The autonomic nervous system is very important to the heart as it helps to regulate heart rate, as well as blood pressure. This is done by your body’s autonomic nervous system to coordinate and control how fast your heart is beating which also determines how hard it is pumping. The autonomic nervous system also monitors and controls the width of your blood vessels, as well as contracting your heart’s ventricles and atriums.
How HRV is Measured
An electrocardiogram (ECG or EKG) is used to provide the most accurate measurements of the beating of your heart and the fluctuations between the timing of each. An electrocardiogram uses electrodes that are placed on your chest, arms, and legs to measure the electrical signals sent to your heart, causing it to beat. These electrical signals are then used to provide a graph of your heartbeat which doctors can use to determine your heart’s health and assist in diagnosing or preventing cardiovascular diseases such as heart attack, stroke, and other life threatening disorders.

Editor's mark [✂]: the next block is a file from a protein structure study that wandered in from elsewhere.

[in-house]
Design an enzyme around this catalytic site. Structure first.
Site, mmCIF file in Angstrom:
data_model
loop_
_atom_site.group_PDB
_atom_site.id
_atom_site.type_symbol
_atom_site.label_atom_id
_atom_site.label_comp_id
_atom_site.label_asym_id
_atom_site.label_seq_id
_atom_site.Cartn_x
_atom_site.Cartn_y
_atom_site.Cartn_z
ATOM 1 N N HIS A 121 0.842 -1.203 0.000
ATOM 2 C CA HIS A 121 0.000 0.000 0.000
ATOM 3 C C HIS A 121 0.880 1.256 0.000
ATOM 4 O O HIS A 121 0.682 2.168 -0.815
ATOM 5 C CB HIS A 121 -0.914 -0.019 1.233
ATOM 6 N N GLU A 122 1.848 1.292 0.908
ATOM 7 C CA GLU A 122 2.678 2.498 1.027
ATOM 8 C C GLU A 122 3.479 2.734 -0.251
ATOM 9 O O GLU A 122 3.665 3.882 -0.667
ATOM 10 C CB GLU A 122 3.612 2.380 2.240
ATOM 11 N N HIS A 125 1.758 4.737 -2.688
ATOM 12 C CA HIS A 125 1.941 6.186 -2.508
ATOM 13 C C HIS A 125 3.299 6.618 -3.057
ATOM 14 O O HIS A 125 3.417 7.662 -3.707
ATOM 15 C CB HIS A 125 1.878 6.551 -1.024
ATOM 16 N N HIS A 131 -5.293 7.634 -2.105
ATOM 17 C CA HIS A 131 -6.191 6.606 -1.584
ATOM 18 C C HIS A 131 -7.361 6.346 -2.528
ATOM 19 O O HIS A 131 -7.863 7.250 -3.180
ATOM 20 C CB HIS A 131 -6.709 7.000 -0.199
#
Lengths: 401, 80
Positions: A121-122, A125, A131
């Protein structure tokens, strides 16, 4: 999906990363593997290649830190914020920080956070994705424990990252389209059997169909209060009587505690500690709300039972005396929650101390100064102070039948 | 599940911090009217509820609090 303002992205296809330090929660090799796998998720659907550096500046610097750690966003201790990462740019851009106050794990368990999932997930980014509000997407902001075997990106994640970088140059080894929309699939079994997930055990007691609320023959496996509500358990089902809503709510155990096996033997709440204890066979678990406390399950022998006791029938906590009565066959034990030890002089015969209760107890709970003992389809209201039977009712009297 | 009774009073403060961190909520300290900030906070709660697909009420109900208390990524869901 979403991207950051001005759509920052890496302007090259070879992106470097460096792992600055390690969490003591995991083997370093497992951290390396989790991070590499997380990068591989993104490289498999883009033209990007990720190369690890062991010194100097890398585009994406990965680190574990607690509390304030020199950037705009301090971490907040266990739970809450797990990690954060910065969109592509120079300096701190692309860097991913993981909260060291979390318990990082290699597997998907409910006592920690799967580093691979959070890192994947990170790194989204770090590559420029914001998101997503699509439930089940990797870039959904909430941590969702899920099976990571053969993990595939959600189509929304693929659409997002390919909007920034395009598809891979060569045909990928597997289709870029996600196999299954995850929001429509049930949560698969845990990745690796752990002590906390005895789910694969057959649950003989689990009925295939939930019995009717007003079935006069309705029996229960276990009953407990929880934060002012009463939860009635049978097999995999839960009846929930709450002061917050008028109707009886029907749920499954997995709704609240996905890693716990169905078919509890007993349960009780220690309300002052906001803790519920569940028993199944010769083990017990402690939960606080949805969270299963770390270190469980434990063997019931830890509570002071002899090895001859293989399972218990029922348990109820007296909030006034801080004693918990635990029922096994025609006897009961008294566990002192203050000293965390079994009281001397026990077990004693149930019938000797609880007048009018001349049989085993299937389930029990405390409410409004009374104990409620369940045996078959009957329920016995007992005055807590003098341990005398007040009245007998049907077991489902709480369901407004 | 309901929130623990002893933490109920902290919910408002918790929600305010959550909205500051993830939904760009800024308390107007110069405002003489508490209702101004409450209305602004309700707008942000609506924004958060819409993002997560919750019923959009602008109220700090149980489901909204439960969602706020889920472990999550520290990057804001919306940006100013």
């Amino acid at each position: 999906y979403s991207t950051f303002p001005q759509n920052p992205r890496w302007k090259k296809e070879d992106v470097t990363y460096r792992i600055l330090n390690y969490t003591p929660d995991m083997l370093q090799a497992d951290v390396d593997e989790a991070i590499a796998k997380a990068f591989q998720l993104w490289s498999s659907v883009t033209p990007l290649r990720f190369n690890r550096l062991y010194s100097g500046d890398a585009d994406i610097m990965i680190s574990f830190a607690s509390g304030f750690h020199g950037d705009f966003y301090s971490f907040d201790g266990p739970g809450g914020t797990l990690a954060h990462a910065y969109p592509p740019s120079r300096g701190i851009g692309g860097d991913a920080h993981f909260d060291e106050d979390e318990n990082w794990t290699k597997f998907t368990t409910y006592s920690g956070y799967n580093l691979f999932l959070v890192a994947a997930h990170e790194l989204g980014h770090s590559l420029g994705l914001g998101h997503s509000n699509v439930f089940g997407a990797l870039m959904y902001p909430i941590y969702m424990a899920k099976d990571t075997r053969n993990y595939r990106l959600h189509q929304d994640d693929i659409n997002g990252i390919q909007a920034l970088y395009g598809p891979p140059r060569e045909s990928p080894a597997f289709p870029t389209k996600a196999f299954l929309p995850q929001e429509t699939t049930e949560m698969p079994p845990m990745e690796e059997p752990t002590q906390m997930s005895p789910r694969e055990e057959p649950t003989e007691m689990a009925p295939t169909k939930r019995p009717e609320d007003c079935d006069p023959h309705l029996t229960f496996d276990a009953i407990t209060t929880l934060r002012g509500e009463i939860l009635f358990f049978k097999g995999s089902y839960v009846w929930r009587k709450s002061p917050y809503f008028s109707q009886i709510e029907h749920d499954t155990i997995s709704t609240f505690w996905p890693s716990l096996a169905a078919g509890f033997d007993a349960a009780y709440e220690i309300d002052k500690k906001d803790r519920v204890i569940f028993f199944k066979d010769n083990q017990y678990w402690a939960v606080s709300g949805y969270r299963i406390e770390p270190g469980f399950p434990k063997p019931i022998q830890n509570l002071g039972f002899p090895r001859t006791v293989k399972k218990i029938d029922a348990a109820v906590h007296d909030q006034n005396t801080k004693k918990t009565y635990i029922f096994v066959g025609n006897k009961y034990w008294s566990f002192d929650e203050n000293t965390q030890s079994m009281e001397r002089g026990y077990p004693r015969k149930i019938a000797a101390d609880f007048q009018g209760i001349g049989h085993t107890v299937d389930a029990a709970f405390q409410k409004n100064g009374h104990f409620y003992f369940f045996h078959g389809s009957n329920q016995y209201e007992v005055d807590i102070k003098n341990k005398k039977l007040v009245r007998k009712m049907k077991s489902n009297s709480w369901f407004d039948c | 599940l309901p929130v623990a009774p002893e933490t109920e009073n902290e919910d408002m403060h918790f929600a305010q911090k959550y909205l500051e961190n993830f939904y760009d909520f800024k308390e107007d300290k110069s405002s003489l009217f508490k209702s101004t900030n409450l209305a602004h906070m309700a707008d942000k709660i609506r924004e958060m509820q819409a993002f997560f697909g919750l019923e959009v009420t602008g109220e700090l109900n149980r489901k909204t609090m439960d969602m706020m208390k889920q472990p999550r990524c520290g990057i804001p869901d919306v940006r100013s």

Additionally, your HRV numbers can also add insight into other areas of your overall well being including your nutrition, stress levels, and mental health. HRV can help monitor you for signs of illness, and your quality of sleep, as well as alert you to any exercise issues that you may be unaware of such as overtraining. Monitoring your HRV is also beneficial for better understanding how you respond to stress, as well as learning more about what stresses you and your reaction to your emotions and the environment around you. HRV measurement can also be used to motivate you towards making those necessary lifestyle changes that would be beneficial for your well being and overall health.